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AG Sessions Could Crackdown On Legal Weed, But ‘Unlikely’

AG Sessions Could Crackdown On Legal Weed
PHOTO Gage Skidmore


AG Sessions Could Crackdown On Legal Weed, But ‘Unlikely’

Attorney general does not comment on Trump’s statement about supporting siding with the STATES Act.

It seems that President Trump has finally let his U.S. Attorney General, Jeff Sessions, out of his cage. The “good people don’t smoke marijuana,” guiding force of the Justice Department has been mostly silent with his opinions on marijuana ever since Trump stood on the White House lawn months ago and said he would “probably” support a measure intended to give states the freedom to legalize marijuana however they see fit. But just last week, Sessions finally crawled out of wherever he’s been hiding and conniving to reiterate Justice Department’s anti-pot position, saying, “states have a right to set their own laws and will do so, and we will follow the federal law.”

It was at a recent press conference in Boston regarding the immigration issue when reporters asked Sessions whether states would continue to have the freedom to legalize marijuana. Remember, Sessions took it upon himself earlier this year to rescind the non-binding Obama-era Cole Memo, which has given states the breathing room to experiment with marijuana legalization without much federal interference.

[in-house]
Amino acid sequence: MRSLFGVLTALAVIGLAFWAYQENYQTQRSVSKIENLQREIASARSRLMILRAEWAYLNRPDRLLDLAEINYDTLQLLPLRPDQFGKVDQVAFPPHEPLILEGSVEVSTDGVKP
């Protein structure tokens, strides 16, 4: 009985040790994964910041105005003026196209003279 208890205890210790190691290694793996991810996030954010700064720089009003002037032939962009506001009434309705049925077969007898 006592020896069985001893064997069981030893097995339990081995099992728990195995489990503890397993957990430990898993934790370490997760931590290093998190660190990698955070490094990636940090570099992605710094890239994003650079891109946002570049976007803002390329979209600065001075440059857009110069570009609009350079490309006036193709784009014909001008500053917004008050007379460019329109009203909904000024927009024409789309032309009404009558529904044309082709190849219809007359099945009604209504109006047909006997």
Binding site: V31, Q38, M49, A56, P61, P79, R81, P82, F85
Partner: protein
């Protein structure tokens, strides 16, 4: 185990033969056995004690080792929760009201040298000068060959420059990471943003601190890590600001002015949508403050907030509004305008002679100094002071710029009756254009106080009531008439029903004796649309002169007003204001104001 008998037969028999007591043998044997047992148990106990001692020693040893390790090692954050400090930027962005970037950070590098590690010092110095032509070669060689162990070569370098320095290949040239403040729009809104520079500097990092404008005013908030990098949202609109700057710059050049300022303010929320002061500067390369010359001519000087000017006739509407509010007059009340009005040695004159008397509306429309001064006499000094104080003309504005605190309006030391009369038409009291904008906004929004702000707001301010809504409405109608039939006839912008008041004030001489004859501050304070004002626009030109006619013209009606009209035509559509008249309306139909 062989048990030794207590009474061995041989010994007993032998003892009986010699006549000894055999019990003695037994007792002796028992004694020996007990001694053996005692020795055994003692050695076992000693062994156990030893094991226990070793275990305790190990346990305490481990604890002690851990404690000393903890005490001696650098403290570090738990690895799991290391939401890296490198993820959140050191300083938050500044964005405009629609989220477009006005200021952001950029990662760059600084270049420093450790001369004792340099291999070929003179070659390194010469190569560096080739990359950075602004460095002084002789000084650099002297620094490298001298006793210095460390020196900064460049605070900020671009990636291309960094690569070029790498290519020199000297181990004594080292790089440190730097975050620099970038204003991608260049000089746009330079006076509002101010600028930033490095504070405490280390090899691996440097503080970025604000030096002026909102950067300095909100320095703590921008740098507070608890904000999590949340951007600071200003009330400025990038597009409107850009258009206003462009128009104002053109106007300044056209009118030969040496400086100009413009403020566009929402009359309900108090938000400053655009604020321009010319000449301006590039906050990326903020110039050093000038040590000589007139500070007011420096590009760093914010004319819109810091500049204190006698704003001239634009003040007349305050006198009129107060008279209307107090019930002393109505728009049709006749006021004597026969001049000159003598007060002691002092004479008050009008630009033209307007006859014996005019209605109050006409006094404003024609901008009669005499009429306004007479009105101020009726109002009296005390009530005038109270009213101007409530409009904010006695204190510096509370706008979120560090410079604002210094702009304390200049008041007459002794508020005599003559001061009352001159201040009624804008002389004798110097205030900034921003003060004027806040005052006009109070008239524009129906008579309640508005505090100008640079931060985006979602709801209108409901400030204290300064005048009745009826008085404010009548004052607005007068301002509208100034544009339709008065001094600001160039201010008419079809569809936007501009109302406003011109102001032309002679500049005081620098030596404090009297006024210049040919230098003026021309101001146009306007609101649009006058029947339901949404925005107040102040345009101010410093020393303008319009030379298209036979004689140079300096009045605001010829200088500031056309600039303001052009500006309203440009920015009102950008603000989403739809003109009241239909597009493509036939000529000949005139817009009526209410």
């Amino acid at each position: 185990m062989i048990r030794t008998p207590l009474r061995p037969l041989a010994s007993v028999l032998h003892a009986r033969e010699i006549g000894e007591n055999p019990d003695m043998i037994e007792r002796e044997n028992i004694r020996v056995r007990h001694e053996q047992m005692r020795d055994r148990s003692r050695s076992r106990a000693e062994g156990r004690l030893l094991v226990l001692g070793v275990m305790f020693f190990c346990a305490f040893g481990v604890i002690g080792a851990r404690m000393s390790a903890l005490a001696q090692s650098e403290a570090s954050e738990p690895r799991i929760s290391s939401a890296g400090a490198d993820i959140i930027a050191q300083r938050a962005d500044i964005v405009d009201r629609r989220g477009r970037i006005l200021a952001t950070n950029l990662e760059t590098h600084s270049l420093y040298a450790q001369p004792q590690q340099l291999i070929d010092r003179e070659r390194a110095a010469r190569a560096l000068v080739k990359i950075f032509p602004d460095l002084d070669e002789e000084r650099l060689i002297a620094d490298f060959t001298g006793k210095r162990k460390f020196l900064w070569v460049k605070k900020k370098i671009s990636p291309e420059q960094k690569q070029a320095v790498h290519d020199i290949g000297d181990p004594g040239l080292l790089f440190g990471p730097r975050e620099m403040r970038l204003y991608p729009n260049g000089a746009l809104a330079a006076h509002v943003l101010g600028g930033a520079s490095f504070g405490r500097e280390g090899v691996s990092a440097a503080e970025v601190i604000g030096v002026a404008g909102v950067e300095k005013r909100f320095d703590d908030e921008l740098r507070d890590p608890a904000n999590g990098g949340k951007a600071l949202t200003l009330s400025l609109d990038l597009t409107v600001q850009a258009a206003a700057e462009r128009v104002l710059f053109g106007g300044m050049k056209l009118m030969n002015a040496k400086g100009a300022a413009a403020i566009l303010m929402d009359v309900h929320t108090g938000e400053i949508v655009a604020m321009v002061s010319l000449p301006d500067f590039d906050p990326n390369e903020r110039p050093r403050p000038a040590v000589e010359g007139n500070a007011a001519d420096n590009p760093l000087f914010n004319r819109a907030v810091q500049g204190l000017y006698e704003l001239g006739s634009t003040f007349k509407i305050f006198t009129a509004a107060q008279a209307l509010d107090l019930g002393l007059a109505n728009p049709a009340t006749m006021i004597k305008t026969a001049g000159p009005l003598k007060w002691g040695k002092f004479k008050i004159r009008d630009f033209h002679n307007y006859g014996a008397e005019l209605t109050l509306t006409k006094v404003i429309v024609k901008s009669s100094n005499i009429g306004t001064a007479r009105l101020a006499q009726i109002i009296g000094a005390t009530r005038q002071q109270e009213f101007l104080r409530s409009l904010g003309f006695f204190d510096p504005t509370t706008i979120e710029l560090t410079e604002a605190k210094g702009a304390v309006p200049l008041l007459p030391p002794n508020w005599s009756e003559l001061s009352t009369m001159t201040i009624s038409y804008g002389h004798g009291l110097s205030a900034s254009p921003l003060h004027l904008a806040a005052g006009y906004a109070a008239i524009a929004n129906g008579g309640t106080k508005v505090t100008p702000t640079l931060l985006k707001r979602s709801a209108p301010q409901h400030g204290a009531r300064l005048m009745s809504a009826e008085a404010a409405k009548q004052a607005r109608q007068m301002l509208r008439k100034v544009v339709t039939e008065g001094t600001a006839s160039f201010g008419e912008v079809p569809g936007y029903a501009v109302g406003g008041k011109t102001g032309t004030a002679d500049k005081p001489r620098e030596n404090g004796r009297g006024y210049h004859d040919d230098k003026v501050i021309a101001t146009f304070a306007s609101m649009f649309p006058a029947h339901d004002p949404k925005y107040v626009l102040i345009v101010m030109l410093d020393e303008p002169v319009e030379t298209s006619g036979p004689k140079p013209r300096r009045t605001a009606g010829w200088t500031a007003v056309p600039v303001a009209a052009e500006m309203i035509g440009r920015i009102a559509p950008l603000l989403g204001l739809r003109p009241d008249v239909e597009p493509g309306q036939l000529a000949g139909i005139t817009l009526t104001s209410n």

But rather than come clean with the media and tell them something like, “look, the Justice Department hasn’t taken any action against legal marijuana in over a year and a half, and even if we wanted to we simply don’t have the resources to shut it down,” he continued to rile the scene with his usual prohibition psychobabble, “we will follow the federal law.”

The attorney general went on to elaborate on his response: “The American republic will not be better if there are marijuana sales on every street corner.” However, no mention was made of Trump and his recent comments about support siding with Senator Cory Gardner’s Strengthening the Tenth Amendment Through Entrusting States Act (STATES Act).

Despite the fact that the U.S. government still considers marijuana a Schedule I dangerous drug, the cannabis industry is one of the fastest-growing business sectors in the United States. Some of the latest data shows that national cannabis sales are on track to hit $75 billion by 2030 — surpassing the soda industry. More importantly, legal weed is creating mass amounts of new jobs — something that President Trump swore during his campaign that the country would see more of once he took office. A recent report from Zip Recruiter shows that job growth in the cannabis sector was up 445 percent in 2017. The advent of legal marijuana sales in the handful of states that have chosen to embrace it has had such an enormous impact that some experts say a “crackdown” on legal weed could spawn a recession. This is because the cannabis industry doesn’t just create work for cannabis enthusiasts — it also indirectly provides jobs for contractors (electricians, plumbers, construction workers), realtors, and contributes vastly to the tourism trade.